If you intend to pay off your mortgage early to save money on interest, the last thing you want to do is incur penalties.
They are not available from all lenders, but if you want to pay off your loan early, it is better not to pay your lender for the privilege!
#8. Get a 15-year loan term
A shorter-term will have a lower interest rate, and more principle payments will be more impactful as a result.
A 15-year loan term may feel a far away from your five-year payment plan but if there are no prepayment penalties, you may still pay it off in five years and benefit from the lower interest rate along the way.
#9. Refinance to a shorter-term
You can also obtain a 30-year mortgage and refinance it into a shorter-term after purchasing. This can help you save a significant amount of money, particularly if your current mortgage is fixed rate and interest rates are lower now than when you signed your original mortgage. However, keep in mind that you’ll have to pay closing expenses again if you refinance, so incorporate that into your payback strategy.
“Especially during times when interest rates have declined, refinancing has presented an opportunity for homeowners to lock in a lower interest rate and cut their monthly payment,” says Michael Shea, CFP®, EA with Applied Capital. He also mentions that if you could keep making the same (higher) monthly mortgage payment after refinancing, you would be able to pay off the mortgage sooner. “This does not impact their budget, but it does boost the amount they are contributing to their principal.”
#10. Refinance your mortgage
While some loans (FHA and VA loans, for example) and many lenders will not accept it, other conventional loans and lenders will.
Following a lump sum payment toward your loan principal balance, your lender may charge your payment schedule, perhaps resulting in a shorter loan term and paying less interest overall.
Most mortgage recasts result in a reduced monthly payment, but if you keep your payments the same as before, you’ll pay off your mortgage sooner.
#11. Avoid incurring additional loans.
If you’re determined to pay off your mortgage as quickly as possible, you won’t have the financial resources to take on other loans. This entails keeping your existing vehicle as long as possible and not returning to school soon away.
Paying off medical debt can be financially exhausting, so make sure you have adequate health insurance before devoting a big portion of your disposable income to purchasing a home altogether.
#12. Pay off other bills and use the proceeds for your mortgage.
If you have other debts that you can pay off faster (especially credit cards with high-interest rates), pay them off and redirect the money from those payments to your mortgage payment.
Paying off your credit cards may hurt in the short term and require you to live on a strict budget for a while, but the long-term rewards of being free of both credit card and mortgage debt will feel fantastic.
#13. Establish a biweekly payment schedule.
Some lenders will allow you to create your payment schedule in this manner. You pay half of your mortgage every other week, for a total of one extra payment every year.
This is due to the fact that there are 52 weeks in a year, which equates to 26 half-payments or 13 full payments. That’s one more payment than you’d make on a monthly basis — and you probably won’t notice the difference in your day-to-day life, especially if you’re paid biweekly.
Kevin Bartlett, an agent with over six years of expertise in Estero, Florida, has worked with multiple clients who paid off their mortgages early, noting, “When folks want to pay off their mortgage early, they often make double payments, every-two-week installments.” As a result, they will receive an additional payout before the end of the year.”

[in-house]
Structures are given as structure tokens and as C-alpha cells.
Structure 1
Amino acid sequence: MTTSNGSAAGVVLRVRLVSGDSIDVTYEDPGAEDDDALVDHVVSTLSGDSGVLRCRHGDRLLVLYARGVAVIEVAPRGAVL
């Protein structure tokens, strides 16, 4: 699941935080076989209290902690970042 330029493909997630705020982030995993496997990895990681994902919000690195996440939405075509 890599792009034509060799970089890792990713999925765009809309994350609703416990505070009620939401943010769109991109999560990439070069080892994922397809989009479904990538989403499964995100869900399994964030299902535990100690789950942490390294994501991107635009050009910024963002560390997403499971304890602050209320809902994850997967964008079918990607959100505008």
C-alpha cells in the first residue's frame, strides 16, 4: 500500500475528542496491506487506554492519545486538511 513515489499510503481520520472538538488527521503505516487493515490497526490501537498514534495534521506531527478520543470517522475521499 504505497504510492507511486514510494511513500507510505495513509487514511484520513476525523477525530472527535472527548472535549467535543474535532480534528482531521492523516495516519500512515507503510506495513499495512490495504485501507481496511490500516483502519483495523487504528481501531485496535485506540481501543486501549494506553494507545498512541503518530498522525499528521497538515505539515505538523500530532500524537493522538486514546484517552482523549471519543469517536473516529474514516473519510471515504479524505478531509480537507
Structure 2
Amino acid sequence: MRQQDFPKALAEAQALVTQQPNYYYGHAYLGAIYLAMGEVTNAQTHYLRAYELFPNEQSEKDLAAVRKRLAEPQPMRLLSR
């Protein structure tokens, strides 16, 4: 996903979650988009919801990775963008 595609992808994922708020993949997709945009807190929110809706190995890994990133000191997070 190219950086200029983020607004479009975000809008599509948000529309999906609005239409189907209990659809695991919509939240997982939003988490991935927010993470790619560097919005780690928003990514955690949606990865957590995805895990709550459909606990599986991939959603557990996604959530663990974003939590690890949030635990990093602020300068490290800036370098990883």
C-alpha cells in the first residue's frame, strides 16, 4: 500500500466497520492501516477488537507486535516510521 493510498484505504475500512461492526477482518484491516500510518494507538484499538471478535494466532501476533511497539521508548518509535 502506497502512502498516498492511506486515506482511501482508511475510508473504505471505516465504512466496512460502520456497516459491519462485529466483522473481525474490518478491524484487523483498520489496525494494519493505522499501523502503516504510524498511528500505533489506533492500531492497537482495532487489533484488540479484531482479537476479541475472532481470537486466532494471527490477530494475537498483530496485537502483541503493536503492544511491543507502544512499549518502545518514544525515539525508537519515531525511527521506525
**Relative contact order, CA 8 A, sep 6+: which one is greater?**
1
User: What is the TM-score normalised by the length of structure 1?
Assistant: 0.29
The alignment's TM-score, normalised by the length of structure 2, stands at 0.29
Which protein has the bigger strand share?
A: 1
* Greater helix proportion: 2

#14. Make the most of your principal repayment efforts.
It will undoubtedly help if you can save money by cooking for yourself, carrying your lunch to work, and staycationing — and then apply all you save to your principal.
Don’t give up all fun in your life, but little sacrifices might yield a large payout when the money is put to your loan principal.
Clients of Bartlett who are actively paying off their mortgages frequently use this technique, as even a $100 extra payment twice a month makes a significant difference.
Many people add $100 per month to reduce the principal and interest, so they’re still obtaining an extra payment while still saving roughly $2,400 per year on their mortgage and interest.
#15. Make an extra house payment as often as possible.
Consider putting some of your bonus, birthday money, or other windfalls toward your loan principal. It may be tempting to indulge in a vacation or a new gadget, but lowering your loan principal will save you money and accelerate your path to full homeownership.
#16. Continue to communicate with your family in order to make adjustments.
Maintain each other’s motivation and focus, and evaluate how well your strategies are working.
Your payback process will go much more smoothly if everyone is still on board with the plan and any short-term sacrifices that may be required, such as foregoing pricier trips or having your children share a room or bathroom instead of having their own.
#17. Remind yourself of the reason you’re doing this.
Will you hold a fantastic celebration when it’s all over? Going on a luxurious trip to a beautiful beach? Take up an expensive pastime you’ve been meaning to try?
Whatever your reason is, make it a part of your mortgage payment process so you never forget your why.
Many homeowners can pay off their mortgage in 5 years or less if they plan properly. It may necessitate a reduction in spending or an increase in income, but it is typically possible. Understanding the numbers and devising a plan of action are the initial stages. If you still have questions and are unclear about how to proceed, scheduling a meeting with a financial counselor is a smart place to start.
Frequently Asked Questions
Can I pay off my mortgage in 5 years?
Yes, you can if you follow the steps in this article.
What happens if I make one extra mortgage payment a year?
If you make one extra mortgage payment a year, you will remove years off the term of your mortgage.
- MORTGAGE CREDIT SCORE: Minimum Credit Required To Buy A Home
- Secondary Mortgage Market: Step By Step Guide On How It Works
- MORTGAGE UNDERWRITING: Steps to the MU Process
- Form 1098 Mortgage: The Interest Statement
- PAY OFF MORTGAGE EARLY: When & How To Pay Off Mortgage Early
- RATE AND TERM OPTION: Explained